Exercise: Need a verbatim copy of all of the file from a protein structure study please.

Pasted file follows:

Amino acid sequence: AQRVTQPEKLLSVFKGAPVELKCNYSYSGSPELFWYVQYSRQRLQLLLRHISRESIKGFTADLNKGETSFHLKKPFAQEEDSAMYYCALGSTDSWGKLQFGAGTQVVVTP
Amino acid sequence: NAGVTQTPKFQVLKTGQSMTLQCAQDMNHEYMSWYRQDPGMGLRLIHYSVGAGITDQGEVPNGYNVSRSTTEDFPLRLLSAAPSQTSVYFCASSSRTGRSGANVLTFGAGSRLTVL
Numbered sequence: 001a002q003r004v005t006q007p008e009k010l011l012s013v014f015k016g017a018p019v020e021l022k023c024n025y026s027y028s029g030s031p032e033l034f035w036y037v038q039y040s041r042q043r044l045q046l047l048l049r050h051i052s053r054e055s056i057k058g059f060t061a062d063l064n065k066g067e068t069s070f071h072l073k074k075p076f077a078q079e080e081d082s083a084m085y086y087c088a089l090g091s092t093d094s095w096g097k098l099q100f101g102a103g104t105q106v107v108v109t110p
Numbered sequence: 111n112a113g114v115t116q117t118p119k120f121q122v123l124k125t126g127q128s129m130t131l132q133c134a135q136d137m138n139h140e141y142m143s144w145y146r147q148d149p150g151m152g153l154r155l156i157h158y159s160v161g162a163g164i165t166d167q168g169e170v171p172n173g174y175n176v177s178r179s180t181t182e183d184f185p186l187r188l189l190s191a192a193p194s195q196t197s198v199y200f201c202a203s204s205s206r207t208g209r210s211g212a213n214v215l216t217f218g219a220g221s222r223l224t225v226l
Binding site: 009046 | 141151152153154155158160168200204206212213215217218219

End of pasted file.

Amino acid sequence: AQRVTQPEKLLSVFKGAPVELKCNYSYSGSPELFWYVQYSRQRLQLLLRHISRESIKGFTADLNKGETSFHLKKPFAQEEDSAMYYCALGSTDSWGKLQFGAGTQVVVTP
Amino acid sequence: NAGVTQTPKFQVLKTGQSMTLQCAQDMNHEYMSWYRQDPGMGLRLIHYSVGAGITDQGEVPNGYNVSRSTTEDFPLRLLSAAPSQTSVYFCASSSRTGRSGANVLTFGAGSRLTVL
Numbered sequence: 001a002q003r004v005t006q007p008e009k010l011l012s013v014f015k016g017a018p019v020e021l022k023c024n025y026s027y028s029g030s031p032e033l034f035w036y037v038q039y040s041r042q043r044l045q046l047l048l049r050h051i052s053r054e055s056i057k058g059f060t061a062d063l064n065k066g067e068t069s070f071h072l073k074k075p076f077a078q079e080e081d082s083a084m085y086y087c088a089l090g091s092t093d094s095w096g097k098l099q100f101g102a103g104t105q106v107v108v109t110p
Numbered sequence: 111n112a113g114v115t116q117t118p119k120f121q122v123l124k125t126g127q128s129m130t131l132q133c134a135q136d137m138n139h140e141y142m143s144w145y146r147q148d149p150g151m152g153l154r155l156i157h158y159s160v161g162a163g164i165t166d167q168g169e170v171p172n173g174y175n176v177s178r179s180t181t182e183d184f185p186l187r188l189l190s191a192a193p194s195q196t197s198v199y200f201c202a203s204s205s206r207t208g209r210s211g212a213n214v215l216t217f218g219a220g221s222r223l224t225v226l
Binding site: 009046 | 141151152153154155158160168200204206212213215217218219